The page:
If you set the motherboard to run one of these profiles, It will allow to try to overclock the chip to at a specific frequency from that range without any user input.

If you’re dialing in a conservative overclock (for example, 3.5GHz to 4GHz), this may be a quick solution, but if you want to push beyond that 4.8GHz barrier, automated profiles are not conducive because through the automated profiles, you  can’t reach that frequency.

  1. Changing the multiplier

More tech savvy users like to perform overclocking manually. They find it more comprehensive to use the manual control. To overclock your CPU, you need to change the CPU ratio, or multiplier, for all cores to the target number you want to achieve.

Let’s say it’s 35 in this case.

To create the final figure of 3.5GHz, the multiplier then works with the cores’ BCLK (or “base clock”) frequency (usually 100). In this document, you will learn to overclock your CPU from 3.5 to 4GHz, just by changing the multiplier.

  1. Check at max load

Once you are done with the job of changing the CPU ratio multiplier to 40, save changes and exit from the BIOS. Boot into Windows, open Core Temp to check your CPU temp, then Prime95 and choose “Options”, “Torture Test” and finally select the option “Blend Test” to find how your chip performs at max load.

If it shows stable performance for at least five minutes then you can achieve a higher overclock by increasing the number of multiplier.

  1. Check out the limit

At this point you will check the overclocking limit of your CPU. Increase the multiplier by one and perform the stress testing in Windows each time and repeat the process each time you increase multiplier count. Repeat the entire process until you device reach the point where CPU begins to thermally throttle itself or you get a Blue Screen of Death.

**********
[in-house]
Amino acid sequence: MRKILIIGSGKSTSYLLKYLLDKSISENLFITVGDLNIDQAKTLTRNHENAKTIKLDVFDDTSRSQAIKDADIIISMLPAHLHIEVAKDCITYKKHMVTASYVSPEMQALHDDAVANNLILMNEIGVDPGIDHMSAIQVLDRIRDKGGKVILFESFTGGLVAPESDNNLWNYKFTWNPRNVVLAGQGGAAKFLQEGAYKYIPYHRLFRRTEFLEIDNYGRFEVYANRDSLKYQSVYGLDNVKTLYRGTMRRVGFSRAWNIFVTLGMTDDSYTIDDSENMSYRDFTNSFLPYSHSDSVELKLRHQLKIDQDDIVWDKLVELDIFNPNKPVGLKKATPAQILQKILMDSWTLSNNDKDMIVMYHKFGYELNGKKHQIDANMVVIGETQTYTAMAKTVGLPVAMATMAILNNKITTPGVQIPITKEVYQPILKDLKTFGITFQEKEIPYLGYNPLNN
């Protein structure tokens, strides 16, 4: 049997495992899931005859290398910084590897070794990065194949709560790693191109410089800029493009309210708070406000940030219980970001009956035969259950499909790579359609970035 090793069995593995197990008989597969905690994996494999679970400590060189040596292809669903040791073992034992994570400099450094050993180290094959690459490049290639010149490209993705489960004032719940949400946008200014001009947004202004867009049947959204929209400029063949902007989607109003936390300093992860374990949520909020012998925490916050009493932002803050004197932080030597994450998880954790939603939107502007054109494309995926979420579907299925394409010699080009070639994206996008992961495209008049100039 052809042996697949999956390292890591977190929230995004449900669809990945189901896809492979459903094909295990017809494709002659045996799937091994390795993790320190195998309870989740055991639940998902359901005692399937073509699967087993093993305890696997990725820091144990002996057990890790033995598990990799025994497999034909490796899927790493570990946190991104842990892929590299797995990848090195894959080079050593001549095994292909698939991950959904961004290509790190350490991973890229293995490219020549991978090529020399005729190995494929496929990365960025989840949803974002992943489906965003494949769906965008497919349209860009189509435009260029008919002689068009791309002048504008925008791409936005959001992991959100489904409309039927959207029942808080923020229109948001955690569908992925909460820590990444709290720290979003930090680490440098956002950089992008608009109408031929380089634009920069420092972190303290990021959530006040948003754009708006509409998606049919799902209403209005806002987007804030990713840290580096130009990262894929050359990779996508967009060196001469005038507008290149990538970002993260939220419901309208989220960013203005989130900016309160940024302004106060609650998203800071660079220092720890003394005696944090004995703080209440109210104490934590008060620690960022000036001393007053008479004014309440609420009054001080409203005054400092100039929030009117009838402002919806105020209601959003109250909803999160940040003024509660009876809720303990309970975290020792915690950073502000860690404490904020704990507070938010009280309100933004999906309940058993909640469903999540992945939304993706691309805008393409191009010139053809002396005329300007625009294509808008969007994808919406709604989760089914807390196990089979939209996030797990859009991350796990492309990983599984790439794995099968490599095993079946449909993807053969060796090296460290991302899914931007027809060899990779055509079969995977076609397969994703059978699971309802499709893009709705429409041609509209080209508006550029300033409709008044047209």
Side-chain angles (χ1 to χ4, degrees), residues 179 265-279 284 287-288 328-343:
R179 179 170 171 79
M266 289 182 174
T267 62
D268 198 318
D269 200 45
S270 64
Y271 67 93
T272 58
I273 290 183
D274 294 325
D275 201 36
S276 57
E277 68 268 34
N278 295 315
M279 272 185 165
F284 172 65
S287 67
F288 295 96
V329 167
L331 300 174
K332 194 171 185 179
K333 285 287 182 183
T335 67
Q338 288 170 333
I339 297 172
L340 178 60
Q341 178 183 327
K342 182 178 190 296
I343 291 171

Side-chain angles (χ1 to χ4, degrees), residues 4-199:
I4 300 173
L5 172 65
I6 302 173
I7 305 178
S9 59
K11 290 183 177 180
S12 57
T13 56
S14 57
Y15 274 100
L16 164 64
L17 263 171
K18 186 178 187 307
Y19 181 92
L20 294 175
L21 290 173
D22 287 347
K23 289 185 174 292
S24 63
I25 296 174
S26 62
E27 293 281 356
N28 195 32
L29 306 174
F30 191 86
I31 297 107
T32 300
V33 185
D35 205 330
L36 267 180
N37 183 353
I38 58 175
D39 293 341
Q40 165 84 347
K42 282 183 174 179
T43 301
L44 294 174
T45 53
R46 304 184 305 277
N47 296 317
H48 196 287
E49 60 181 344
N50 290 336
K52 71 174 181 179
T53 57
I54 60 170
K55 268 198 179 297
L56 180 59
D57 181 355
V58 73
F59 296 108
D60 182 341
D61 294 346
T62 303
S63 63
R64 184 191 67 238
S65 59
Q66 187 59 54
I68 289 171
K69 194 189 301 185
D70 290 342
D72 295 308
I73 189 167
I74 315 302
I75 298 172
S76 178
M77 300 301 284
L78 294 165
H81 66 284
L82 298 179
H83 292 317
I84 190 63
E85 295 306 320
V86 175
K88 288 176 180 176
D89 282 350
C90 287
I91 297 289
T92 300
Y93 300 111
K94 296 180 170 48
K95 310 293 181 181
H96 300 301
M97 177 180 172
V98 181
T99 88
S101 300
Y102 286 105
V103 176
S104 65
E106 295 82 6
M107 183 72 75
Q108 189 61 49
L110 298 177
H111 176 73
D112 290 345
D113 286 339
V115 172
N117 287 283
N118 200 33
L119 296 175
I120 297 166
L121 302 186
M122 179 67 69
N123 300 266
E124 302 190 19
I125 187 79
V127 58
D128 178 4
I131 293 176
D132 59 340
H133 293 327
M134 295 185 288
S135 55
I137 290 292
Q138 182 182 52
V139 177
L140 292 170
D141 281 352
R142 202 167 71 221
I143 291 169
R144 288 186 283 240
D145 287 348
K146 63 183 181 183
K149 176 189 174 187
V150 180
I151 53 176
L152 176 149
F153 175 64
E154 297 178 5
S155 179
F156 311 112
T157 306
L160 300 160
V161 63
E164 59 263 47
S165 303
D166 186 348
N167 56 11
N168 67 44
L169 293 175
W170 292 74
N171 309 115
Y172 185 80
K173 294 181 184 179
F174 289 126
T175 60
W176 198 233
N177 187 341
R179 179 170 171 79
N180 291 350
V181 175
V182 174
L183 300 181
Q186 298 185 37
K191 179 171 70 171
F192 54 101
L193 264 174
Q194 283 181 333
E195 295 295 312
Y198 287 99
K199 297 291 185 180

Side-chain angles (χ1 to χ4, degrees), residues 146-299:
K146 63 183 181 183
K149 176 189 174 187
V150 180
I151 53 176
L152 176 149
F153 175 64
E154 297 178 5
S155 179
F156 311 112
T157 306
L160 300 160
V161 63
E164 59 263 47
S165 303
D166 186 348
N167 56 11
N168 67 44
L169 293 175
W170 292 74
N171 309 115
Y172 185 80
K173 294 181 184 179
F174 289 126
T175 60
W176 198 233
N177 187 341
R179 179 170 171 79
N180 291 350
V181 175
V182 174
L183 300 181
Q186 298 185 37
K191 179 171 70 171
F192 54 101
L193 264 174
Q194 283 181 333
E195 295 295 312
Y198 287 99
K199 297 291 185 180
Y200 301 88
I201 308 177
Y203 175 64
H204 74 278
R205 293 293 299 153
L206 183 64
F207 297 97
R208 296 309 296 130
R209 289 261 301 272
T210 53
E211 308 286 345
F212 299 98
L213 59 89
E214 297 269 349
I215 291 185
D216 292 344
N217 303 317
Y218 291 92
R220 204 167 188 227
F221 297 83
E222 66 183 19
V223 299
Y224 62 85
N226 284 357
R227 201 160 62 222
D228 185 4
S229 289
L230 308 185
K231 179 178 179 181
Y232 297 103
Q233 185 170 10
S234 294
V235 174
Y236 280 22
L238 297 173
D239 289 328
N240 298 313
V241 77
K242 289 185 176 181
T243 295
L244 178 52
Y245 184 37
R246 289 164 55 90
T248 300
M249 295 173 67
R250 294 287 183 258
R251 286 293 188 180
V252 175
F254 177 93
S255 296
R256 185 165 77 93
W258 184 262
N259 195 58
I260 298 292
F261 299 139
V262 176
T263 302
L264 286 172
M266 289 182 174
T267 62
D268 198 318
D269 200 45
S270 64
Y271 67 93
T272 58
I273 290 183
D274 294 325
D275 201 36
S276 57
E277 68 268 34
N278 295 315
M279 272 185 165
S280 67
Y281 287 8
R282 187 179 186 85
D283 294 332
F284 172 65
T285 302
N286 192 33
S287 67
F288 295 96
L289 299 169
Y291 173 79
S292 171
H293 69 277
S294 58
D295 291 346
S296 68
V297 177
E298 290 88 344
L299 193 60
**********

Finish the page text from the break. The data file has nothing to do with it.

Ideally, it is better that you get blue screen before reaching thermal limit.

  1. Increase the voltage

You need to start working with the Vcore voltage to overcome the blue screen issue. you need to find CPU Vcore Voltage Mode back in the BIOS. Change this to “Fixed”. At this instant, you may need to do some research to know what people are suggesting for overclocking and what the stock Vcore your CPU takes.

Start increasing the voltage by 0.01 volts each time, until you achieve successful boot, stress test and maintain stability at your target frequency.

Once you will get a bit more comfortable overclocking, you’ll not find any problem in increasing voltages by 0.05 or 0.1 at a time. Because at this point, you are just learning how your CPU will respond to different amounts of voltage increased.

Eventually, you’ll find a point where it is not possible to reach next frequency irrespective of how much voltage you increase. This is the point when you need to dial back your overclock by 0.1GHz and decrease the Vcore voltage back to the last stable settings for that dialed back frequency and maintain it there. This is the limit of over clocking and it is your final overclock.

  1. Back to benchmarking

Now you should benchmark for as long as you feel is fine to ensure a stable overclock. It upto you and your patient, this can be anywhere from an hour to a full day.

Finally, your device is ready to be used at its utmost potential.

The hardware capabilities and design of the machines are changing at a rapid pace and users always try to explore everything be it any type of hardware. In computing, GPUs are the most precious part as they act like the controlling part for the entire machine. And overclocking will be helpful in improving their speed and performance.

If you are a Windows 10/7/8 user and want to overclock your CPU, above writen steps can be useful for you. But if you want experts to do it for you, you can call the technicians of PCTECH24 for the instant help. PCTECH24 provides round the clock Windows 7, Windows 8, and Windows 10 technical support services.